I couldn’t see the big man once he was on the porch. I seen him sneaking in, but I figured you probably seen him too. I kept my rifle on the little guy. I was some surprised when you walked out in the yard with that big feller holding a scattergun on you. I had to rethink my target. Damned near too late.”
“Where were you? I can’t imagine how you were able to see anything at all.”
He pointed a thumb over his shoulder.
“Top of the mesa. Hell of a view from up there.”
I looked toward the top of Yellow Butte.
“Bill, that has to be over half a mile from here.”
“I calculate it’s about eight hundred and fifty yards, about a third of that in elevation. Tricky shooting. Good thing it ain’t windy.”
I stared at him. How could an old man even see that distance? He only had one chance to make the shot and he had to put the bullet exactly where he did, or Higgins would’ve killed me.
“That’s the most amazing shot I’ve ever heard of.”
Old Bill shrugged.
“I was using a new-fangled rifle scope I picked up in San Francisco. I’ve had some practice with it, but not at any such range. A shot like that could make a fella kinda nervous, but I had the strangest feeling, peaceful and real focused like. Say, things are some changed around here.”
Buster came out with a cup in one hand and the pot in the other.
Old Bill held up a hand, stopping him on the porch.
“Sonny, do you expect me to drink my coffee standing in the yard with these dead men?”
“Well then, put the coffee on the table, then go out and bring in my horse. He’s waiting a couple hundred yards northeast of here. Big Appaloosa, white blanket with black spots big as silver dollars, ya can’t miss him.”
Buster looked at me again.
I just chuckled.
Old Bill and I were sitting at the table when Buster came in.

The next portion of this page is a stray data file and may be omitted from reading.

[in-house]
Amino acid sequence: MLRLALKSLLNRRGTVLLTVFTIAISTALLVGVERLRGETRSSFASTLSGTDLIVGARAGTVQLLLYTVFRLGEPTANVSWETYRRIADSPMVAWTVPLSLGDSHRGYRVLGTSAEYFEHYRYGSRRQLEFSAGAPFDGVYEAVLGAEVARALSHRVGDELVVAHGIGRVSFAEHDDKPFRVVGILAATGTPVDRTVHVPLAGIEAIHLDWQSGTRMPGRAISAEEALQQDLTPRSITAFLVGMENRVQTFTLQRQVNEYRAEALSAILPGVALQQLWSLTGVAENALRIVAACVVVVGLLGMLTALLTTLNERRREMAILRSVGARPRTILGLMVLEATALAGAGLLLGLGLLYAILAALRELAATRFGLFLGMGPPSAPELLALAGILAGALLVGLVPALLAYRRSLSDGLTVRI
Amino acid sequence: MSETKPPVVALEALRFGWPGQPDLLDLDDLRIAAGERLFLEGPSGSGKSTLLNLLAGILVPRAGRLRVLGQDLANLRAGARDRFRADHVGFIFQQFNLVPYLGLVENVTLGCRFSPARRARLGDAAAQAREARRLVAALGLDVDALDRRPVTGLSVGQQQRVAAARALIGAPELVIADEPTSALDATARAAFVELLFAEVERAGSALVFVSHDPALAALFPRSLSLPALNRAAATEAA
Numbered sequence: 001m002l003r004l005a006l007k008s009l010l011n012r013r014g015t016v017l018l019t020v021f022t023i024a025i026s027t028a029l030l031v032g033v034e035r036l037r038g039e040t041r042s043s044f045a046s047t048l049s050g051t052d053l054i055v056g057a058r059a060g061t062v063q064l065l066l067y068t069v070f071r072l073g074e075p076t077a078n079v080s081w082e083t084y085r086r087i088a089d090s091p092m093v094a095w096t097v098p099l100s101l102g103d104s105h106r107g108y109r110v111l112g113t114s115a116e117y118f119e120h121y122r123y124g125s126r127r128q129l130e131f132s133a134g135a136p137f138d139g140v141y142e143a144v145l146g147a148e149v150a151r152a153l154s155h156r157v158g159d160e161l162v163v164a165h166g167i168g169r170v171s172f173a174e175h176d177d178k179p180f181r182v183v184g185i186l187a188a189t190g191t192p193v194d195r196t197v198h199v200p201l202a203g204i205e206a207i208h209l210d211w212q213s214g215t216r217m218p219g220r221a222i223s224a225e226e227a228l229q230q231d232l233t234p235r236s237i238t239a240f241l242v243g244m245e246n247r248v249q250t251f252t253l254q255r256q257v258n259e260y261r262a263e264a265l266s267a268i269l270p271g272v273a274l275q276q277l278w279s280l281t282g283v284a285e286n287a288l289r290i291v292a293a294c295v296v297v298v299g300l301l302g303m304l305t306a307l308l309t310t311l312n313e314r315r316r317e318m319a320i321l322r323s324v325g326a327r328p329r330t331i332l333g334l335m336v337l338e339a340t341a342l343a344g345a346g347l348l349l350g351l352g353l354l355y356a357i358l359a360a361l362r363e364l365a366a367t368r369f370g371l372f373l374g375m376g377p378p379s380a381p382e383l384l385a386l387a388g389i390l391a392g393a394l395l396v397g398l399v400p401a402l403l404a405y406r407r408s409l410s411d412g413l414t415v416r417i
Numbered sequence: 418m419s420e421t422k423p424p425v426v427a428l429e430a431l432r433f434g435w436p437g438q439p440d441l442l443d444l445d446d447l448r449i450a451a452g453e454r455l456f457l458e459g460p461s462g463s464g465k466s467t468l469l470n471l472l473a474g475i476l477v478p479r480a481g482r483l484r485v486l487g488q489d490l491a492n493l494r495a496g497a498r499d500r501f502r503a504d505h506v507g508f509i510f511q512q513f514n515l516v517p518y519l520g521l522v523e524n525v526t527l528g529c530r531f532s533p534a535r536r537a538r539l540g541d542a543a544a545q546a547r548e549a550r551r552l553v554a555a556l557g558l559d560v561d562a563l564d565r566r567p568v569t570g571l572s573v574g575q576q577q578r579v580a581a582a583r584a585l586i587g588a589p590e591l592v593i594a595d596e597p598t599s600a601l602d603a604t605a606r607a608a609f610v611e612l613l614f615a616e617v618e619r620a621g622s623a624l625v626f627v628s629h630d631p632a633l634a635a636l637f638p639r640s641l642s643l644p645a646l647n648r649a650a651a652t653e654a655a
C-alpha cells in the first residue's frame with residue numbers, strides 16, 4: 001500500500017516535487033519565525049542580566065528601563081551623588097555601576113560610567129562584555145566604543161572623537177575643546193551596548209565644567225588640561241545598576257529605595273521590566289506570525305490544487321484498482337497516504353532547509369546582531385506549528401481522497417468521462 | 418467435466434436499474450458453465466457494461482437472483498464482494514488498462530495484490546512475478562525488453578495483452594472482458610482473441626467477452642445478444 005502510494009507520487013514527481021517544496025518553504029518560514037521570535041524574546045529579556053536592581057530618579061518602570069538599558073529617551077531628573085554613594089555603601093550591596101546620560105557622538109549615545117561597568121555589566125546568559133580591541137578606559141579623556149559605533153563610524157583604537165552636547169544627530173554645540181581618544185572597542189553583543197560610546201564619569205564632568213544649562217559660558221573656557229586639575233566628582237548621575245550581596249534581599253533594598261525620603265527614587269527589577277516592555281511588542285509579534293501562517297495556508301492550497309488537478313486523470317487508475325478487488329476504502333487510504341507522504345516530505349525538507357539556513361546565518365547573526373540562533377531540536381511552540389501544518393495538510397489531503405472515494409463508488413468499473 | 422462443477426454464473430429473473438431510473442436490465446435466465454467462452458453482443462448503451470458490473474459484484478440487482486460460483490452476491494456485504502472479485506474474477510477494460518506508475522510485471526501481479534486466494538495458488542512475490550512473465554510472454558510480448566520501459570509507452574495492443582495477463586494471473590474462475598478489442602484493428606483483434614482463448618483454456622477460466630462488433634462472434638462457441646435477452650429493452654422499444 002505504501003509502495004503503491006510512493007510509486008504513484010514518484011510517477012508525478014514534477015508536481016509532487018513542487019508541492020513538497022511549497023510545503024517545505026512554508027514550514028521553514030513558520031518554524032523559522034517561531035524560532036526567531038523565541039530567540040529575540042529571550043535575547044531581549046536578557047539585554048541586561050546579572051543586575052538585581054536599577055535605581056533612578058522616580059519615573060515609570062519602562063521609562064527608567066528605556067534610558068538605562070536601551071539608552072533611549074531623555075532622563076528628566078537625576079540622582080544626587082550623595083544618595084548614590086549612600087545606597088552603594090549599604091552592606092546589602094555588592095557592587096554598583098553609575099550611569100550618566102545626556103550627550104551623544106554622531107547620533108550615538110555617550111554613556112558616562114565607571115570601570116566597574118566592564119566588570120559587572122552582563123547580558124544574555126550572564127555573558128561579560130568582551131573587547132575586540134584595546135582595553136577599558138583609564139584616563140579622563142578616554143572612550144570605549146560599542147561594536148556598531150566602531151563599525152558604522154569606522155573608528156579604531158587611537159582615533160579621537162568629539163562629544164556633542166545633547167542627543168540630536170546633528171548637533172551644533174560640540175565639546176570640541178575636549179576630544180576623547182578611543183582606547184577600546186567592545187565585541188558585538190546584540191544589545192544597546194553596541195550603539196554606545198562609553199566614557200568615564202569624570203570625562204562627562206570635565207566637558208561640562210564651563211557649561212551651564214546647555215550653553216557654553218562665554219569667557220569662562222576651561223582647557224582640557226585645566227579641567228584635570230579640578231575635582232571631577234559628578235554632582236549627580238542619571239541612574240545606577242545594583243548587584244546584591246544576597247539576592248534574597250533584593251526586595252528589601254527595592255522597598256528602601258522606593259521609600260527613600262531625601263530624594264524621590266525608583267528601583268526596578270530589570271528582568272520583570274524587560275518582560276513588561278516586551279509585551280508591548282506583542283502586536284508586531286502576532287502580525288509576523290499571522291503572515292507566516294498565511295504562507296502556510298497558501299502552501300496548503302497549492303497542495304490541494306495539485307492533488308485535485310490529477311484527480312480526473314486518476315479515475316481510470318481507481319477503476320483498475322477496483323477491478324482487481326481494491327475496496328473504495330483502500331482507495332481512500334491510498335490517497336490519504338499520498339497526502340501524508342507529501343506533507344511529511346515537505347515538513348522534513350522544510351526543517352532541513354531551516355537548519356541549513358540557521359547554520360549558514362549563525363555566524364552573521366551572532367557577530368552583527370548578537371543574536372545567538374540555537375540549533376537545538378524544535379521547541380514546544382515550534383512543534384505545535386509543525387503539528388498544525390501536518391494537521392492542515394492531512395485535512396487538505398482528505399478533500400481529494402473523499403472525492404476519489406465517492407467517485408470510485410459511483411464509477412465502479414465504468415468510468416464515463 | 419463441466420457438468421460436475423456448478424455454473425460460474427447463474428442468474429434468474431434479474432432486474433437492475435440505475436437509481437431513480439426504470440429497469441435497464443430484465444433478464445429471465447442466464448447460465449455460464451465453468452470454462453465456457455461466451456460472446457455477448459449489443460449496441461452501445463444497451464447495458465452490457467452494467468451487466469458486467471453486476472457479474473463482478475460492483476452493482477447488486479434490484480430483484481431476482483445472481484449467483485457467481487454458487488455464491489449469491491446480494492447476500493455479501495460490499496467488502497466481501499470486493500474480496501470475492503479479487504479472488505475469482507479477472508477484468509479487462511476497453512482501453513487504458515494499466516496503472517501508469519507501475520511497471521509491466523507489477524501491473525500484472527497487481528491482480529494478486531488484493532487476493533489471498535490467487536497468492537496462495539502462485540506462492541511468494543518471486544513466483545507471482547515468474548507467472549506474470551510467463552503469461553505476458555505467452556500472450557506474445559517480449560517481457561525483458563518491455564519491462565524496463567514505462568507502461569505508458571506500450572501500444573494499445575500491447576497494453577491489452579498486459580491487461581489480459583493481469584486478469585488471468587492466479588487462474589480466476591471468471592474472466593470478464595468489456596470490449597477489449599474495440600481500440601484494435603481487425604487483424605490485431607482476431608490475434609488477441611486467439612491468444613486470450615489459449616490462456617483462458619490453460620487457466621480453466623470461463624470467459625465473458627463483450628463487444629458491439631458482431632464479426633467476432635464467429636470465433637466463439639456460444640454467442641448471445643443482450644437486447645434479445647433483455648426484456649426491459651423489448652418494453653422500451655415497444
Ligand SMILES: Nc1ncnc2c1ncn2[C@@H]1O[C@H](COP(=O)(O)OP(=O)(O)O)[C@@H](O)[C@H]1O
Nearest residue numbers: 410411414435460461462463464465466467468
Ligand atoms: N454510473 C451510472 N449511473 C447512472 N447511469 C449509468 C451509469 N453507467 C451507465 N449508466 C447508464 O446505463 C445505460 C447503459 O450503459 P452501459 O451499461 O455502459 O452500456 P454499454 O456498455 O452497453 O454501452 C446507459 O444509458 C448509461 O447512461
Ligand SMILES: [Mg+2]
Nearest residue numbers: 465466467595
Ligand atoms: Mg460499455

“I’ve got to head on back to the home place, John. I have half a dozen broncs to feed and water.”
“Ok, Buster. Thanks for bringing in our saddle string.”
“What do you plan to do with those dead men out in the yard?”
Before I could answer, Old Bill spoke up.
“Well, sonny, I reckon they’d be mighty poor poker players and easy to beat if we was pitchin’ horseshoes. We’ll probably have to bury em somewhere. Don’t ya think?” He asked.
Buster gritted his teeth and looked up at the ceiling, shaking his head.
“They were riding Bar C Bar horses. Someone will come looking for them.”
I sat up.
“That’s a good thought, Buster. I believe I’ll take the bodies and the horses back to the Bar C Bar tomorrow morning. That way we won’t have to bury them.”
“Won’t that be dangerous?”
“Goes with the job.”
“After you left the Rafter J, there was talk about you being the County Sheriff. Is that true?”
Old Bill’s eye brows shot up for a second. This was news to him as well.
“Is it true you’re going after Jud Coltrane?” Buster asked.
“I have to. He murdered Sean Murphy and stole property from this ranch.”
“You can’t do it alone. What I mean is, if you need a deputy…”
“That’s a fine offer. I might just take you up on it, one of these days. I expect you’re making better money as a wrangler and all around bronc fighter.”
“Two years ago, at the rodeo in Bear Creek, I scored higher than Tom Horn. Course it was mostly just luck of the draw. I drew a better bronc. I’m just saying, if you need any help…”
“I hear you, Buster. I know you came riding in here when you heard gunfire. It takes a brave man to do that. I won’t forget. It means a lot to me. Much obliged.”
We walked outside with Buster. He’d tied the Appaloosa to a post with the thin mecate Old Bill used as a neck rope. The horse’s fancy bridle with the silver spade bit was hanging on the saddle horn.
As Buster rode out, Old Bill turned to me and said,
“Lawman, huh? What’s your plan?”